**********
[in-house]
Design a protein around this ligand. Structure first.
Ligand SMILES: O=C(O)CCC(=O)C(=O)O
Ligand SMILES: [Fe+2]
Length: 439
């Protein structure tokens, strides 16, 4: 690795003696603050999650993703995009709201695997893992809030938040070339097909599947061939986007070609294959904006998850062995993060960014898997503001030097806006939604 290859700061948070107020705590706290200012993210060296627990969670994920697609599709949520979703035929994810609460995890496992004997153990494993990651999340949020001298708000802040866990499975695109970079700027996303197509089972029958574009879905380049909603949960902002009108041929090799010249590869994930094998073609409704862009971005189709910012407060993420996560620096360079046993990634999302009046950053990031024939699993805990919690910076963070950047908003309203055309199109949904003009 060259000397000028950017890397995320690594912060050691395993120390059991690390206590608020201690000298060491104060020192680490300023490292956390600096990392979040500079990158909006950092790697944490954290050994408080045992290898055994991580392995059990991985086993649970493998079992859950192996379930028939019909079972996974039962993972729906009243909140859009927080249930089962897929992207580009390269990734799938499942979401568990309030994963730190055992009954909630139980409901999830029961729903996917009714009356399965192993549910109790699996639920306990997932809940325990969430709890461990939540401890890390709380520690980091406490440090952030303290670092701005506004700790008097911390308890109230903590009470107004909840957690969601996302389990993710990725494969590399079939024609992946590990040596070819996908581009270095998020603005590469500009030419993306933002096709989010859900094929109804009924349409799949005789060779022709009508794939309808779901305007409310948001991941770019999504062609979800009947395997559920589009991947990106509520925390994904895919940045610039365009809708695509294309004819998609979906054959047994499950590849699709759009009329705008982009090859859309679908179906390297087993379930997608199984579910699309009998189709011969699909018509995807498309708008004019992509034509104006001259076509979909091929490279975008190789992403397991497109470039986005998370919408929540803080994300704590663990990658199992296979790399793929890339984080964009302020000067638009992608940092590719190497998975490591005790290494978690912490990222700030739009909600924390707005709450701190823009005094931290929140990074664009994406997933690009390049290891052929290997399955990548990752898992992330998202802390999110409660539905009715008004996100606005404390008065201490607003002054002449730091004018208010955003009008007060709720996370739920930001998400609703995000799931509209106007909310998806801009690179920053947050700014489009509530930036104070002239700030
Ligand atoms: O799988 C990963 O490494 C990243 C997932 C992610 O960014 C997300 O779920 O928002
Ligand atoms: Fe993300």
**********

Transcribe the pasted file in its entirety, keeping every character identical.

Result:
[in-house]
Design a protein around this ligand. Structure first.
Ligand SMILES: O=C(O)CCC(=O)C(=O)O
Ligand SMILES: [Fe+2]
Length: 439
């Protein structure tokens, strides 16, 4: 690795003696603050999650993703995009709201695997893992809030938040070339097909599947061939986007070609294959904006998850062995993060960014898997503001030097806006939604 290859700061948070107020705590706290200012993210060296627990969670994920697609599709949520979703035929994810609460995890496992004997153990494993990651999340949020001298708000802040866990499975695109970079700027996303197509089972029958574009879905380049909603949960902002009108041929090799010249590869994930094998073609409704862009971005189709910012407060993420996560620096360079046993990634999302009046950053990031024939699993805990919690910076963070950047908003309203055309199109949904003009 060259000397000028950017890397995320690594912060050691395993120390059991690390206590608020201690000298060491104060020192680490300023490292956390600096990392979040500079990158909006950092790697944490954290050994408080045992290898055994991580392995059990991985086993649970493998079992859950192996379930028939019909079972996974039962993972729906009243909140859009927080249930089962897929992207580009390269990734799938499942979401568990309030994963730190055992009954909630139980409901999830029961729903996917009714009356399965192993549910109790699996639920306990997932809940325990969430709890461990939540401890890390709380520690980091406490440090952030303290670092701005506004700790008097911390308890109230903590009470107004909840957690969601996302389990993710990725494969590399079939024609992946590990040596070819996908581009270095998020603005590469500009030419993306933002096709989010859900094929109804009924349409799949005789060779022709009508794939309808779901305007409310948001991941770019999504062609979800009947395997559920589009991947990106509520925390994904895919940045610039365009809708695509294309004819998609979906054959047994499950590849699709759009009329705008982009090859859309679908179906390297087993379930997608199984579910699309009998189709011969699909018509995807498309708008004019992509034509104006001259076509979909091929490279975008190789992403397991497109470039986005998370919408929540803080994300704590663990990658199992296979790399793929890339984080964009302020000067638009992608940092590719190497998975490591005790290494978690912490990222700030739009909600924390707005709450701190823009005094931290929140990074664009994406997933690009390049290891052929290997399955990548990752898992992330998202802390999110409660539905009715008004996100606005404390008065201490607003002054002449730091004018208010955003009008007060709720996370739920930001998400609703995000799931509209106007909310998806801009690179920053947050700014489009509530930036104070002239700030
Ligand atoms: O799988 C990963 O490494 C990243 C997932 C992610 O960014 C997300 O779920 O928002
Ligand atoms: Fe993300």